Fate of Planetesimals • Ejection from Sol. Sys. • Collision with planets • Capture as satellites, or into resonant orbits (e.g., the Trojan asteroids) • Fragmentation • Preservation to today (however, not necessarily in “pristine” condition) • comets • asteroids • meteors
Comets • “comet” from “kome” (Gr.), meaning “hair” being descriptive of comet tails • Comets have been seen since ancient times, often considered bad omens • 1577 – Brahe deduced that comets are farther than the Moon from lack of parallax (as Earth rotates) • 1704 – Edmond Halley uses Newton’s gravity to discover that comets move on long elliptical orbits: Comets seen in 146, 1531, 1607, and 1682 are the same [also records for 66 and 451], with Porb= 75 yrs – Halley predicted its return in 1758 Halley’s comet!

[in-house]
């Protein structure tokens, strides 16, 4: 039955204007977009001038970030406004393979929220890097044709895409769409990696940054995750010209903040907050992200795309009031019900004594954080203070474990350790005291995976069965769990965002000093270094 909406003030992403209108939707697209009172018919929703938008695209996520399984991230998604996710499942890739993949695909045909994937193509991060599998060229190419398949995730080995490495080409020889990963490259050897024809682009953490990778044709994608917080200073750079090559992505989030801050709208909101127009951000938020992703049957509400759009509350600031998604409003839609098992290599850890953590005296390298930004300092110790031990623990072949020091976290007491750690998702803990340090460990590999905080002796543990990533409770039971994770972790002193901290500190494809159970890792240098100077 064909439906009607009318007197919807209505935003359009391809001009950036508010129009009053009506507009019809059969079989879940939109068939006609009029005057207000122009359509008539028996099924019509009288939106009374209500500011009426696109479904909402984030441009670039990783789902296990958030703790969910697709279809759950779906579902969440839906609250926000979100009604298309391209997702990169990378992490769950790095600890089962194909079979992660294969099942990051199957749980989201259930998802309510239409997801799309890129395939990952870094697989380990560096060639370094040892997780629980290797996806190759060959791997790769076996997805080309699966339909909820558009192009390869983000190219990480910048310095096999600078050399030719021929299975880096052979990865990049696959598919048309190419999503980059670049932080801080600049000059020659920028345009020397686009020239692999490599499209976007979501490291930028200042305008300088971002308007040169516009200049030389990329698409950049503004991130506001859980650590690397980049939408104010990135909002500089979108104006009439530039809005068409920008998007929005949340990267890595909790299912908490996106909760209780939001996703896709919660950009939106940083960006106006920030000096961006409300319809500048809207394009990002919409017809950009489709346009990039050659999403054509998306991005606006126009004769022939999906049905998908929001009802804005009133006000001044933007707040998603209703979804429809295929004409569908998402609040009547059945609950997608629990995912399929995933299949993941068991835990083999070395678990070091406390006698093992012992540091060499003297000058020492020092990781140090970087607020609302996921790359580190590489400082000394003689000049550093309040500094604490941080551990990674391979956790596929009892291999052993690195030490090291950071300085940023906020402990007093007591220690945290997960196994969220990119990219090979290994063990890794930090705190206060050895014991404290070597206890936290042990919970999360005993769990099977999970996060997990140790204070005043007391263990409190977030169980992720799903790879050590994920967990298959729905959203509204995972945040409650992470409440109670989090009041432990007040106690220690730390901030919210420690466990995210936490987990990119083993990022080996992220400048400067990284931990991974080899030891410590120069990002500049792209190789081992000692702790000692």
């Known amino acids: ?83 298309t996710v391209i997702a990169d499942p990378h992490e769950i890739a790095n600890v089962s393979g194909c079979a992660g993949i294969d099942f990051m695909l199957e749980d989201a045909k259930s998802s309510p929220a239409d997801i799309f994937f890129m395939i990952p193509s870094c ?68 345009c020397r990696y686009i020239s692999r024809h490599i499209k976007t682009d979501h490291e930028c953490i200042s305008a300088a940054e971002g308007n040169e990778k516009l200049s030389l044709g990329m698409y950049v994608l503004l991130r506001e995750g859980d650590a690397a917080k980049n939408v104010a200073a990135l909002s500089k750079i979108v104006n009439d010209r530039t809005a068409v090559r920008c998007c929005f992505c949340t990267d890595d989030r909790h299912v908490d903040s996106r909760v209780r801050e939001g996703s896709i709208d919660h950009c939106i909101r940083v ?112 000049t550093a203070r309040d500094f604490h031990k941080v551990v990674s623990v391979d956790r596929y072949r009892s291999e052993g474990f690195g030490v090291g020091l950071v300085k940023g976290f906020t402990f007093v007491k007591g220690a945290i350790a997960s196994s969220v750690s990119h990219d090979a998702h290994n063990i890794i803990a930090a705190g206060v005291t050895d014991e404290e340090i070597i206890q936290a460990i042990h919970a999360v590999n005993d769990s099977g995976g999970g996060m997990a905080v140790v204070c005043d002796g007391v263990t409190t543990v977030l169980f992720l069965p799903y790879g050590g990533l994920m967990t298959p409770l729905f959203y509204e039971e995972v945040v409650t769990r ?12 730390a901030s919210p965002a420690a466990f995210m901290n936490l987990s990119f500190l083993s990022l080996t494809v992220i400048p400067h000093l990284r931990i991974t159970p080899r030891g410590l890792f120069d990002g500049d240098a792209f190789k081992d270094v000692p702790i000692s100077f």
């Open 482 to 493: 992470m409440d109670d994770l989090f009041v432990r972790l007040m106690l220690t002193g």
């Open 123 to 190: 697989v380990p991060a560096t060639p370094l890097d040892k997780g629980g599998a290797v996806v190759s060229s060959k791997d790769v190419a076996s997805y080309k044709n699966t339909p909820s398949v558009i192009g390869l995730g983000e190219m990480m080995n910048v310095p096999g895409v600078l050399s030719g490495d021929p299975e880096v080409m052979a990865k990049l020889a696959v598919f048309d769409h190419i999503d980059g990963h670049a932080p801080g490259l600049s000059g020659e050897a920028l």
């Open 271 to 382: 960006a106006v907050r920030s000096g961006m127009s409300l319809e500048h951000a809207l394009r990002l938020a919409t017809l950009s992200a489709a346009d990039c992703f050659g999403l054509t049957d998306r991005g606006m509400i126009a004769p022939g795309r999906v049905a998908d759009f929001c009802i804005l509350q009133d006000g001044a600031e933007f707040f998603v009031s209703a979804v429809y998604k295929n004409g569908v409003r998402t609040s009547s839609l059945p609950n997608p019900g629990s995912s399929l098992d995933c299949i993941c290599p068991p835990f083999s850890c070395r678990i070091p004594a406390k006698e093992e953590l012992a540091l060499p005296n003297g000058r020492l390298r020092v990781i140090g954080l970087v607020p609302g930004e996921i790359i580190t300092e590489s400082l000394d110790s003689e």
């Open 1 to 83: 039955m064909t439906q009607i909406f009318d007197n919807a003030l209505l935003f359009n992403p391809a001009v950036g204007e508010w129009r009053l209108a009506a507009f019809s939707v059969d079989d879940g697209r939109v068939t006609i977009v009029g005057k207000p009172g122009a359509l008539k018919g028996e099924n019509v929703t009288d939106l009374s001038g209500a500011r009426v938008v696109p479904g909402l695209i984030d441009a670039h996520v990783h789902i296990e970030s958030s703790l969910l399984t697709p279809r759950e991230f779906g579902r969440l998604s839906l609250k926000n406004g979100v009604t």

Nature of Comets WHAT“dirty snowballs” WHERE • The Oort cloud – named after discoverer Jan Oort (Dutch), a swarm of “dormant” comets at ~50,000 AU • Long periods (using P2=a3, P ~ 105-107 yrs) • Since they travel at less than vesc from the solar system as theyapproach, comets are thought to be part of S.S., in contrast to interstellar wanderers
Comet Components • Nucleus: the “snowball”, of a few km in diam. • Coma: halo of gases enveloping the nucleus, about 106 km in diam. • Tails: can extend to over 1AU; directed away from Sun • Plasma tail – driven back by ionized solar wind • Dust tail – repelled by sunlight, like mini-solar sails
Long-period comets have orbits a) the same as the orbits of short-period comets b) that are circular c) always in the ecliptic d) randomly oriented with respect to the ecliptic e) of low eccentricity Share Question
Comet Close-up • Giotto, a European probe, obtained 1st close-up images of Halley’s comet during its 1986 passage • Peanut shaped 15 x 7 x 10 km • Jets of gas and dust